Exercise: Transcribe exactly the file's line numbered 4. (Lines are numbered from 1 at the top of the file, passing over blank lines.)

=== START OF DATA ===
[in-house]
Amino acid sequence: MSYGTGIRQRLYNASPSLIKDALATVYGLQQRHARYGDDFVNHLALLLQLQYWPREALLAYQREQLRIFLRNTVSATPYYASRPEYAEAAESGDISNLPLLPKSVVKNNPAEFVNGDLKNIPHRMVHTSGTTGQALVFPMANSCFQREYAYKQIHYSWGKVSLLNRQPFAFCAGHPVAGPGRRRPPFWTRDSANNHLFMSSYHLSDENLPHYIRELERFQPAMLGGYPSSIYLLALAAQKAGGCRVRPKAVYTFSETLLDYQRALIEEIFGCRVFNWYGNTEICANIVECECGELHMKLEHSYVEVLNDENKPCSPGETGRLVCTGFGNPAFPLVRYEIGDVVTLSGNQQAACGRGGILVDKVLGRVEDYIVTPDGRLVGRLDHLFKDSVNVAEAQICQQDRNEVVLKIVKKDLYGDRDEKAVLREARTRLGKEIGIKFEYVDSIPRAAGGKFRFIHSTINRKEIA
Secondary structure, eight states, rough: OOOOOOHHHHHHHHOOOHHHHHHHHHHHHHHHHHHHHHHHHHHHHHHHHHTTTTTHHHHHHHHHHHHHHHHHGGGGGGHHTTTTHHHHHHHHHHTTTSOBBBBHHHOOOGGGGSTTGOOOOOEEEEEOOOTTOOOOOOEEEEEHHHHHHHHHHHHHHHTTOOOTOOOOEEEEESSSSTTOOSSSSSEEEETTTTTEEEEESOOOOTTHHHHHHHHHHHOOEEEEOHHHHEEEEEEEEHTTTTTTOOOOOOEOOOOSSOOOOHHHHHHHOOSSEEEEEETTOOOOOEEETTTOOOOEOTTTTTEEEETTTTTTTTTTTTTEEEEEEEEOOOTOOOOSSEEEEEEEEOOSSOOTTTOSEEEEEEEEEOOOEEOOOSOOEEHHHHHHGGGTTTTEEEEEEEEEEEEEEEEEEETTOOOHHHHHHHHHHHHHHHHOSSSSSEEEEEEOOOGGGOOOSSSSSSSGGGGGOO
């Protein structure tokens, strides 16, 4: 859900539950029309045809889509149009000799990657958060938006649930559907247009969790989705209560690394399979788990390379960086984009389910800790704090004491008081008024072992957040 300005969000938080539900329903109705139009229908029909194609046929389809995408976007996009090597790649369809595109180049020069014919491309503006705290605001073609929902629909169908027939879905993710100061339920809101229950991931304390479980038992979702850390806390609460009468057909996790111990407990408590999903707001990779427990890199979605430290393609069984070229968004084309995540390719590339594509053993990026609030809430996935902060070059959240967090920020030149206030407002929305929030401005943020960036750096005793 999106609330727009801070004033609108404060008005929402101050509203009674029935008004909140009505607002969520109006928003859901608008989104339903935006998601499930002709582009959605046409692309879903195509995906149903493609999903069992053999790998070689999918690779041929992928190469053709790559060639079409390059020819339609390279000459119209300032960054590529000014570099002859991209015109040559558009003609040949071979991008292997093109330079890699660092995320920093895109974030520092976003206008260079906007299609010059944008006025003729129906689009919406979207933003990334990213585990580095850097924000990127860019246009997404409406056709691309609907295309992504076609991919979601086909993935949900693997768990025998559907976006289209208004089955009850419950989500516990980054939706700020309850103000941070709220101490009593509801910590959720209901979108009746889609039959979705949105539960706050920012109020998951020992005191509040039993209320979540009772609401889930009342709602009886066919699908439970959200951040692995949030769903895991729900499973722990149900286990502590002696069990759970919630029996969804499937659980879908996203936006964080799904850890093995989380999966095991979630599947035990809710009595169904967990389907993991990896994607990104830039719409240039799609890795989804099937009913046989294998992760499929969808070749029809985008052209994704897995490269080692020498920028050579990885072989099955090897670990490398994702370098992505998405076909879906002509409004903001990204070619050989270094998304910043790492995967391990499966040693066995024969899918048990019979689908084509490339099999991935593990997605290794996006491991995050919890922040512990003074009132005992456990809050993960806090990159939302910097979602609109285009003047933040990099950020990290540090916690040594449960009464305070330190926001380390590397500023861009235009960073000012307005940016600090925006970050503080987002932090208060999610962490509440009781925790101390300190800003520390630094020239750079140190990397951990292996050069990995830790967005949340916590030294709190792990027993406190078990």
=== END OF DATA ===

């Protein structure tokens, strides 16, 4: 859900539950029309045809889509149009000799990657958060938006649930559907247009969790989705209560690394399979788990390379960086984009389910800790704090004491008081008024072992957040 300005969000938080539900329903109705139009229908029909194609046929389809995408976007996009090597790649369809595109180049020069014919491309503006705290605001073609929902629909169908027939879905993710100061339920809101229950991931304390479980038992979702850390806390609460009468057909996790111990407990408590999903707001990779427990890199979605430290393609069984070229968004084309995540390719590339594509053993990026609030809430996935902060070059959240967090920020030149206030407002929305929030401005943020960036750096005793 999106609330727009801070004033609108404060008005929402101050509203009674029935008004909140009505607002969520109006928003859901608008989104339903935006998601499930002709582009959605046409692309879903195509995906149903493609999903069992053999790998070689999918690779041929992928190469053709790559060639079409390059020819339609390279000459119209300032960054590529000014570099002859991209015109040559558009003609040949071979991008292997093109330079890699660092995320920093895109974030520092976003206008260079906007299609010059944008006025003729129906689009919406979207933003990334990213585990580095850097924000990127860019246009997404409406056709691309609907295309992504076609991919979601086909993935949900693997768990025998559907976006289209208004089955009850419950989500516990980054939706700020309850103000941070709220101490009593509801910590959720209901979108009746889609039959979705949105539960706050920012109020998951020992005191509040039993209320979540009772609401889930009342709602009886066919699908439970959200951040692995949030769903895991729900499973722990149900286990502590002696069990759970919630029996969804499937659980879908996203936006964080799904850890093995989380999966095991979630599947035990809710009595169904967990389907993991990896994607990104830039719409240039799609890795989804099937009913046989294998992760499929969808070749029809985008052209994704897995490269080692020498920028050579990885072989099955090897670990490398994702370098992505998405076909879906002509409004903001990204070619050989270094998304910043790492995967391990499966040693066995024969899918048990019979689908084509490339099999991935593990997605290794996006491991995050919890922040512990003074009132005992456990809050993960806090990159939302910097979602609109285009003047933040990099950020990290540090916690040594449960009464305070330190926001380390590397500023861009235009960073000012307005940016600090925006970050503080987002932090208060999610962490509440009781925790101390300190800003520390630094020239750079140190990397951990292996050069990995830790967005949340916590030294709190792990027993406190078990």